The bottom line on paid web advertising is that it can be a great way to quickly get your website noticed. Even if your site already ranks high for certain search words and terms, it can also help get you ranked more highly for additional terms and phrases of relevance. The only way to know is to try it. Fortunately, there should be no lengthy commitments and you should be able to increase or reduce your monthly outlay with a single phone call or email. NOT JUST WHERE BUT WHAT !!
Web Marketing, Take 2
At the core of...sites qualifying for this moniker are simple, yet compelling designs with well-chosen visuals, and...tools that let users interact with, and construct content in, unique ways. In addition to creating useful sites, the principles behind 2.0 can be used to increase organic traffic to your site, retain visitors and convert those visitors to customers, hence, Web 2.SEO.
Incorporating a well-structured Web 2.0 design into your site will improve search rankings through both improving the informational architecture of your site (cleaner, simpler code makes your site more easily indexed)…(it)…also improves the probability that high-quality sites will link to you. A simpler, more streamlined design will make your site easier to read for engines and users as well…Now, more than ever, you can please both “search bots” and visitors by keeping Web 2.SEO principles in mind when designing your site.
Getting visitors ?With limited space on a site, especially ‘above the fold' (what a visitor sees without having to scroll down), you should aim to maximize the effectiveness of the visual communication: each graphical element should convey a message, and the textual content should be concise. The more logically organized your site is, the easier for both search bots and web visitors to find relevant information.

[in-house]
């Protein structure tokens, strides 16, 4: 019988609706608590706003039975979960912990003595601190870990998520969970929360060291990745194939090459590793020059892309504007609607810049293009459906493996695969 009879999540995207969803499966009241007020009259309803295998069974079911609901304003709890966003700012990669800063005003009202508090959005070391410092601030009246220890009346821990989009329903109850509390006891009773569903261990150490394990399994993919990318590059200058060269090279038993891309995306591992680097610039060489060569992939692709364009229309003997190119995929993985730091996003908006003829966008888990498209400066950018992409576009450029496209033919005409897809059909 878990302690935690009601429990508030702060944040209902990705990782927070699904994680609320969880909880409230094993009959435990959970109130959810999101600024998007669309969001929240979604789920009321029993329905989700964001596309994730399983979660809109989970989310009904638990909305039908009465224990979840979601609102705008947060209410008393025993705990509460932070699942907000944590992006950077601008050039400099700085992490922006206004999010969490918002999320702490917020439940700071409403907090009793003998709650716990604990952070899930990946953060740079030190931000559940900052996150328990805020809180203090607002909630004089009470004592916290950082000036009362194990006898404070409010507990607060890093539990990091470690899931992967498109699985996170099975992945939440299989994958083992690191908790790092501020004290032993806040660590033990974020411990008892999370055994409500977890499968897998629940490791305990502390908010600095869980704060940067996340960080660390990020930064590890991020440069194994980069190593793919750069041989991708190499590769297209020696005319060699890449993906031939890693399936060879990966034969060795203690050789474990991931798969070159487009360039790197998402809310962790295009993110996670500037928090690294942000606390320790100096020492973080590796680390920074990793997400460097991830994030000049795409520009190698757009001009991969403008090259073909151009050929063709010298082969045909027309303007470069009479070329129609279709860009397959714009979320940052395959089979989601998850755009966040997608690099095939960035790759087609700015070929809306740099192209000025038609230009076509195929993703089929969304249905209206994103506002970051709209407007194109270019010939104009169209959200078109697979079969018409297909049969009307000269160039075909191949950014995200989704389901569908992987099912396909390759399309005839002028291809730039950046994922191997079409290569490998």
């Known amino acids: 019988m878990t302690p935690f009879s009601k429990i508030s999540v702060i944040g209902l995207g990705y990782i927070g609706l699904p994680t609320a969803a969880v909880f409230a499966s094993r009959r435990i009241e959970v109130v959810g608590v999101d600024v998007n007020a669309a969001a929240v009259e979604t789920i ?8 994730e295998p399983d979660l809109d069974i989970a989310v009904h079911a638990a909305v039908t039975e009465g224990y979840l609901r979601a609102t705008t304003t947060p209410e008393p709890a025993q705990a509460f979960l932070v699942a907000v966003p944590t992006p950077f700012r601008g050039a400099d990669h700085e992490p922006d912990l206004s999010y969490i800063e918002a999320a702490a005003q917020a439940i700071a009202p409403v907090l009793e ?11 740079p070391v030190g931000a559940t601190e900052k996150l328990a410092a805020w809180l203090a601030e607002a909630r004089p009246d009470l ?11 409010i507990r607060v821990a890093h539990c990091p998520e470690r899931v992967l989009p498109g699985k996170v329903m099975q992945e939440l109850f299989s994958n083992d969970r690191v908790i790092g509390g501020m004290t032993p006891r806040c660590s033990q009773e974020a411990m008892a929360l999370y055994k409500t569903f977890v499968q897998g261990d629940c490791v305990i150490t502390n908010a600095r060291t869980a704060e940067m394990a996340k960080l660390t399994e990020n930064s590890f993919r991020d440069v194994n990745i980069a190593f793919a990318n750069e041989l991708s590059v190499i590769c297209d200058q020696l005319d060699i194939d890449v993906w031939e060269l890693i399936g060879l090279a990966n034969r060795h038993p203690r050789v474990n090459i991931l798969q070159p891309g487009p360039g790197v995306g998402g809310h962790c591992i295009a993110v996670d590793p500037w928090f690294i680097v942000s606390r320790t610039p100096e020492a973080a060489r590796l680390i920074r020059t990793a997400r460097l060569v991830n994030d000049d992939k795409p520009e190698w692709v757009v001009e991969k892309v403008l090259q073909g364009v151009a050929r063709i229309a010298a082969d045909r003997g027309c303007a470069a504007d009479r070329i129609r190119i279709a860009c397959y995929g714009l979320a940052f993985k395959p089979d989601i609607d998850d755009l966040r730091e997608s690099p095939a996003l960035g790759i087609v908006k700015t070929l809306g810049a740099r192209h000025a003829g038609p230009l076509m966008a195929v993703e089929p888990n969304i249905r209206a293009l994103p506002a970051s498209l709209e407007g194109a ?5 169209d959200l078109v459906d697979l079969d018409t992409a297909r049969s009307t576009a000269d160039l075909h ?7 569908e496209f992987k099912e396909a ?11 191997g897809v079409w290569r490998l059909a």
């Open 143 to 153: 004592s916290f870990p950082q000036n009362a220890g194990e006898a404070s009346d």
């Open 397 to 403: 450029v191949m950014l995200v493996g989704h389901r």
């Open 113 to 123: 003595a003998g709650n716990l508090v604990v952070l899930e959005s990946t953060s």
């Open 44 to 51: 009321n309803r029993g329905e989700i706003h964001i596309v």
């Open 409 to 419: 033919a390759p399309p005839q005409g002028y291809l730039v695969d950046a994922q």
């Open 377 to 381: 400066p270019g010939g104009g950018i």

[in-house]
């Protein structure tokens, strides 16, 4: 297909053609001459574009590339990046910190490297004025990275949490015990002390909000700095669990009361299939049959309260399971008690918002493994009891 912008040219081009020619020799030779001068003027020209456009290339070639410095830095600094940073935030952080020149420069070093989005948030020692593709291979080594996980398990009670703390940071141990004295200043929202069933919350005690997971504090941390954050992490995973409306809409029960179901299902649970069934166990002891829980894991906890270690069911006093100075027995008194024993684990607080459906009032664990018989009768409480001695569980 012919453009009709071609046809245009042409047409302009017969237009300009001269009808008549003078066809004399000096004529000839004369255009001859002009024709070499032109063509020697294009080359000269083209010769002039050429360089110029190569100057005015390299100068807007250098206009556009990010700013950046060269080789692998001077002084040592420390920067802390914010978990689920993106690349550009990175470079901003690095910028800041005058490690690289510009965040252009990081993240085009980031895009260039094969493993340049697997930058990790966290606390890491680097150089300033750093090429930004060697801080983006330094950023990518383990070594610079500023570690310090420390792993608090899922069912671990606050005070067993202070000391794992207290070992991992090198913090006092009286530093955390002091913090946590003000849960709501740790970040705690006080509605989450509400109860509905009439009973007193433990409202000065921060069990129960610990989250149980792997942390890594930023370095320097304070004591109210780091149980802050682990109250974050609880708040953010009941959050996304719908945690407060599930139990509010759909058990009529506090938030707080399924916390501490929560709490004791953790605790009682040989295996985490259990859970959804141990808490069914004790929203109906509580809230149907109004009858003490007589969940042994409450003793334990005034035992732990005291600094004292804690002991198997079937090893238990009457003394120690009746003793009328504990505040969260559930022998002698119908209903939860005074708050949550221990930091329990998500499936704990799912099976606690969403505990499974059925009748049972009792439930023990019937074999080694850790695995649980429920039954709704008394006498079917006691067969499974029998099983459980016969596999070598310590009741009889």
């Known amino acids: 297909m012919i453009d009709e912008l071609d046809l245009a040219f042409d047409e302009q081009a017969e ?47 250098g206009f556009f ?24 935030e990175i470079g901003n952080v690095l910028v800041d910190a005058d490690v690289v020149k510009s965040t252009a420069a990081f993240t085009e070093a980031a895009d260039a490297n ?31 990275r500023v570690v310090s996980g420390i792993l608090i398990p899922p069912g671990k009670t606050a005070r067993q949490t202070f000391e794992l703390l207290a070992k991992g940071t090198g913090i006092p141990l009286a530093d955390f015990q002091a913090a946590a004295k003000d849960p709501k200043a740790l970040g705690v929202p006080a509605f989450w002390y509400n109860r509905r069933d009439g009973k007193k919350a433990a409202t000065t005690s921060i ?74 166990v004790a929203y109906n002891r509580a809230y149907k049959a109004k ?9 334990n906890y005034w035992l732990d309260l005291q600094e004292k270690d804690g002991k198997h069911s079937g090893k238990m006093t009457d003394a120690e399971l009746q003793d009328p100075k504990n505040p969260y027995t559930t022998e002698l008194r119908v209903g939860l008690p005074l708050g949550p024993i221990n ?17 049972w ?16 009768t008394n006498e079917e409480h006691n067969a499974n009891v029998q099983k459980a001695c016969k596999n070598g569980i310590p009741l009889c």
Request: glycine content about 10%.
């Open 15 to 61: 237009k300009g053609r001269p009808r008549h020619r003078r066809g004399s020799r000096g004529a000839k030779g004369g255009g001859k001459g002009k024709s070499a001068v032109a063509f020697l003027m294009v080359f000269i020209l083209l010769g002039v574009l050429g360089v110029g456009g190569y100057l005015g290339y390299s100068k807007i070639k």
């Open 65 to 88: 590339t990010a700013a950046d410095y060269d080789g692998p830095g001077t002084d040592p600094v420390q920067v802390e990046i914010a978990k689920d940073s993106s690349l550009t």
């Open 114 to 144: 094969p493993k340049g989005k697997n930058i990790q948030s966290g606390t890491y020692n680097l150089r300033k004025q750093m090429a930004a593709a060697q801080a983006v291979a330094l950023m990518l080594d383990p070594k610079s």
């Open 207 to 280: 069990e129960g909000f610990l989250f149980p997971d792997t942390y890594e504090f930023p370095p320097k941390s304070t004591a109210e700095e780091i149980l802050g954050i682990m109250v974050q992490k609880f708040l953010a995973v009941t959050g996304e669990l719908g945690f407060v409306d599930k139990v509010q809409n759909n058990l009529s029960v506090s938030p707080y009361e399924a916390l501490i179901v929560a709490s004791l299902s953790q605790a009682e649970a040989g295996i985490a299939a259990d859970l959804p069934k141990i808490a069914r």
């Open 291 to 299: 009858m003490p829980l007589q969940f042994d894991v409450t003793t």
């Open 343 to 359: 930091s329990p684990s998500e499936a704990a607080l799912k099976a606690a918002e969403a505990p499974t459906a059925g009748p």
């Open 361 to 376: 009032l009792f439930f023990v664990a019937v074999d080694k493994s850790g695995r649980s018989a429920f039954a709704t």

Whoever markets your website should be adding it to the local search engine maps and directories. Our company had, until recently, used a list of local web directories we compiled over the past years to be sure our Clients' sites were listed locally. We have now discarded that list as we found a resource that is constantly updating its listing of local directories.
Here it is:http://www.locallytype.com/pages/submit.htm#localsearchenginesus
Google also recently announced its commitment to helping consumers locate and compare local services of all kinds.
Here is an excerpt:
Find and compare local businesses
Many people come to Google.com to navigate the web, but are you aware that you can use it to navigate the real world as well? Over the past few months, we've been hard at work making it easier to find and compare local businesses and services right from the standard web results page.
Here's what we've come up with:
From now on, you'll see this every time you search for a place, business, or other local information. In addition to providing the basic contact information and map locations for several choices at the top of the page, we also show ratings and provide one-click access to reviews on the search results page so that you can make more informed decisions about where you want to go.
What it means for you is, if you are not listed in their local business directory, you may not receive a prominent placement at the top of Google's search results.
To test it out, type your city, state, and service in Google and you'll see the map. The businesses that are in this local list are the sudden recipients of a huge gift from Google - qualified and desirable traffic to their site.